A microbrewery that will be Minnetonka’s first taproom and replace a century-old hardware store got unanimous final approval last month from the City Council.

JD and Megan Park, the husband-wife owners, plan to open Unmapped Brewing Company next May. The Parks, who live in Minnetonka, plan to lease the 9,000-square-foot facility at Excelsior Boulevard and Eden Prairie Road.

It will replace Kraemer’s, which has been part of the Glen Lake neighborhood for more than 100 years and is closing Dec. 1. Owner John Kraemer, the grandson of the store’s founder, said it’s still profitable but he couldn’t find a suitable buyer after he retires. He said he will be one of the investors in the brewery and will even help out in the taproom.

“I think it’s a very unique repurposing of a building,” said Council Member Tim Bergstedt, whose ward includes the brewery, at the Oct. 24 meeting. “I think it’s going to bring a new level of vitality and energy to the Glen Lake area.”

Unmapped Brewing will join a growing number of microbreweries and taprooms across the Twin Cities since a state law change in 2011, with taprooms in west metro cities from Maple Grove to St. Louis Park.



Organics recycling program has strong year

More than 42,500 households have signed up for Minneapolis’ curbside organics recycling program since it began a little more than a year ago.

That number, reached last month, covers 40 percent of all households served by Minneapolis Solid Waste and Recycling. The program collects organics weekly and recycles them into compost, which is then added to soil used in city landscaping and road construction.

Organic waste includes fruits, vegetables, eggshells, bread, meat, bones and certain types of paper. About 30 percent of what households throw away is organic waste, according to the city.

Medina, St. Louis Park, Wayzata and other neighboring communities also offer organics recycling for their residents.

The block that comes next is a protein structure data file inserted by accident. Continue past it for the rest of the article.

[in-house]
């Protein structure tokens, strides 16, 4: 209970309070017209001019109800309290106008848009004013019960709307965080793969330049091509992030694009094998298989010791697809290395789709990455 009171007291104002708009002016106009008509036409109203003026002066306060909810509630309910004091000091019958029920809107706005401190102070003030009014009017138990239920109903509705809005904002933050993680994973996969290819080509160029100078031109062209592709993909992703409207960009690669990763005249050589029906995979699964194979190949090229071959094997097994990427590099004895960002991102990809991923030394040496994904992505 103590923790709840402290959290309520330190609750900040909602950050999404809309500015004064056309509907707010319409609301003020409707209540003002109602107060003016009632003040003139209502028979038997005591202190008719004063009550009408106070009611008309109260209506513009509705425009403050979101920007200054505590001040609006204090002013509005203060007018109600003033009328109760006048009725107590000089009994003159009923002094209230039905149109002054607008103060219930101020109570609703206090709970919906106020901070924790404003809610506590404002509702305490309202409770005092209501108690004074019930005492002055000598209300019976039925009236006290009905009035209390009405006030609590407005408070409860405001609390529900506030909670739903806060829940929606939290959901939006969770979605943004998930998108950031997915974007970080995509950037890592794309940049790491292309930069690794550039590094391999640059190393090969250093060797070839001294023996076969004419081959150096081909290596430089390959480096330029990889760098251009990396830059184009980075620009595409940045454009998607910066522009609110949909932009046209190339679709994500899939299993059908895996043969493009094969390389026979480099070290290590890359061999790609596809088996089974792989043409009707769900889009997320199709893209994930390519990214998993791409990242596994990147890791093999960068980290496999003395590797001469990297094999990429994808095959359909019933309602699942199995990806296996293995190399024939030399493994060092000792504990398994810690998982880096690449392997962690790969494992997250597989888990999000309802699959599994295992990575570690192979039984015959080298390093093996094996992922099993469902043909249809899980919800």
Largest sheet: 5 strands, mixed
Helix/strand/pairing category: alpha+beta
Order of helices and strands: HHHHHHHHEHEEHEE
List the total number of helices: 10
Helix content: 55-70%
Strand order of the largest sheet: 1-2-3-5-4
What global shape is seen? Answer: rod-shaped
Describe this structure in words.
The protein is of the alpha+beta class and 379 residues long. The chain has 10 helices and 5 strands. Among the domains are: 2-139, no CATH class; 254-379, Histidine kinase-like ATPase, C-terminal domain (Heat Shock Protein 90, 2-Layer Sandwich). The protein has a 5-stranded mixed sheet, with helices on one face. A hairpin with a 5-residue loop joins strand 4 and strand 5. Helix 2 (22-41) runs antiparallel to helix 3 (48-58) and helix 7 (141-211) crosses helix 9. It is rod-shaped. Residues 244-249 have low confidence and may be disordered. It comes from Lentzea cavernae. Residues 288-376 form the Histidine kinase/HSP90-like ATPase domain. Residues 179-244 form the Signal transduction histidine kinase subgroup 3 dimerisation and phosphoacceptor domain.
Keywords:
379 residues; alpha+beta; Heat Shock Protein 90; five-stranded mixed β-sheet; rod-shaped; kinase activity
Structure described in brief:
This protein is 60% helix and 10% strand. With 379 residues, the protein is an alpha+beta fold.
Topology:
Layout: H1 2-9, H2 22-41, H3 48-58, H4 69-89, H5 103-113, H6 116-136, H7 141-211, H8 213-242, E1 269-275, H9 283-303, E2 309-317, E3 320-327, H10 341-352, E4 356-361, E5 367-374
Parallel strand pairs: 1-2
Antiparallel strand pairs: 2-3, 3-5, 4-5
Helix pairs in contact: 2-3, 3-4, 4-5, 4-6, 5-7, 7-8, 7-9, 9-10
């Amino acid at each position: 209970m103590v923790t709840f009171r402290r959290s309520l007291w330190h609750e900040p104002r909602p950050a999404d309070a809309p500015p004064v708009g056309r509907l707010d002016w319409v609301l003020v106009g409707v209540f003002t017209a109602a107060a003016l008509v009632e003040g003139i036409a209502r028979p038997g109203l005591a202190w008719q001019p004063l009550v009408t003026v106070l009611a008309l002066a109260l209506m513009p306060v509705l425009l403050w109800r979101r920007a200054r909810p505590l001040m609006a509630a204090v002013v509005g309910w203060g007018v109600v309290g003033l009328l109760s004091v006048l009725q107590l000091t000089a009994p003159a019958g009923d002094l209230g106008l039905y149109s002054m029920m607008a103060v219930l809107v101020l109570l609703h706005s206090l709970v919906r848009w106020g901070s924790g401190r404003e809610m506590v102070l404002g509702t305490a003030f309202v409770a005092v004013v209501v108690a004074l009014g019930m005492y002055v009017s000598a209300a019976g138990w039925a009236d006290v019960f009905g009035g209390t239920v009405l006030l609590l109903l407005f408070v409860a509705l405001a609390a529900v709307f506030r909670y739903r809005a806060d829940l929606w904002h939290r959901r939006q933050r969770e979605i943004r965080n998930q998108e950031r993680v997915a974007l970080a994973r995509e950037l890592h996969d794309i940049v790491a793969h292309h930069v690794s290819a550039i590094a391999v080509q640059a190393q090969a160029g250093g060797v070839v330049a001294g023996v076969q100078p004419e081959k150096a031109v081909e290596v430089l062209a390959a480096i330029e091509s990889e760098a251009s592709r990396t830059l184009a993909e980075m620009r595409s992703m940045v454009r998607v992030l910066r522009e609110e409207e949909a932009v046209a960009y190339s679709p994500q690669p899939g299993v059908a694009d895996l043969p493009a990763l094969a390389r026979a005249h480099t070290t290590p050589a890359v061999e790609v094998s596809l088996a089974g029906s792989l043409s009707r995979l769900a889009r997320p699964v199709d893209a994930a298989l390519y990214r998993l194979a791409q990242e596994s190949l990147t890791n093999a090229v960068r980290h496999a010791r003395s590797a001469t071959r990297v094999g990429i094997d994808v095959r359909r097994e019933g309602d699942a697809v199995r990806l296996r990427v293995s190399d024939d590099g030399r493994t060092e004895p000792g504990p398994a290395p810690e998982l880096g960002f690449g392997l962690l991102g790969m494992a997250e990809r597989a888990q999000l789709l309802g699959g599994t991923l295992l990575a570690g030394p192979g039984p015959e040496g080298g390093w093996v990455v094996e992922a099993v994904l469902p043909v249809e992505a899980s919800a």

Organic waste is picked up from the curb on collection day in its own separate container. Minneapolis customers who want to sign up for organics pickup can do so online at minneapolismn.gov/solid-waste/organics/ or by calling 612-673-2917.



County sets mark for preregistered voters

With Election Day still ahead, Hennepin County has already made election history, preregistering more than 760,000 voters before the Oct. 18 deadline, breaking the mark set in 2008 of 720,000 preregistered voters.

This year’s presidential election was the first for which Minnesota voters could preregister online. Voters can also register on Election Day at their polling place.

About 683,000 Hennepin County residents voted in the 2012 presidential election.

This year’s presidential election also is the first in Minnesota in which voters can cast absentee ballots without needing to cite a specific reason for not going to the polls. Voters can cast absentee ballots in person through Nov. 7 at most city halls or by mail (after requesting a ballot at mnvotes.org).

Hennepin County is expecting a historic number of absentee votes. As of Monday, Oct. 31, more than 93,000 absentee ballots had been returned by mail or cast in person and accepted by the county. County officials project that more than 150,000 absentee ballots will be cast in this year’s election, far exceeding the record in 2008 of 85,000 ballots. For more information, go to mnvotes.sos.state.mn.us/.


Hennepin County

Sheriff honors ‘extraordinary citizens’

The Hennepin County Sheriff’s Office honored several residents in its annual Tribute to Extraordinary Citizens Award Ceremony on Oct. 24.

John Lundberg, Millicent Walsh, Earl Landry III and Cassie Drozynski were given the Lifesaver Award.

Doobie Kurus, Jeannie Joas and Fartun Weli were given the Distinguished Service Award.

Sheriff Rich Stanek said the awards “honor brave people who became first responders, and many other citizens who have served the community for many years.”

Award recipients were chosen for their efforts to help people who were either in peril or underrepresented by such things as donating a kidney, diving into a pool to rescue an 11-year-old girl and helping a man find permanent housing.

The Sheriff’s Office also recognized 13 residents who served as jail volunteers for either 10 or 15 years and six corporate partners.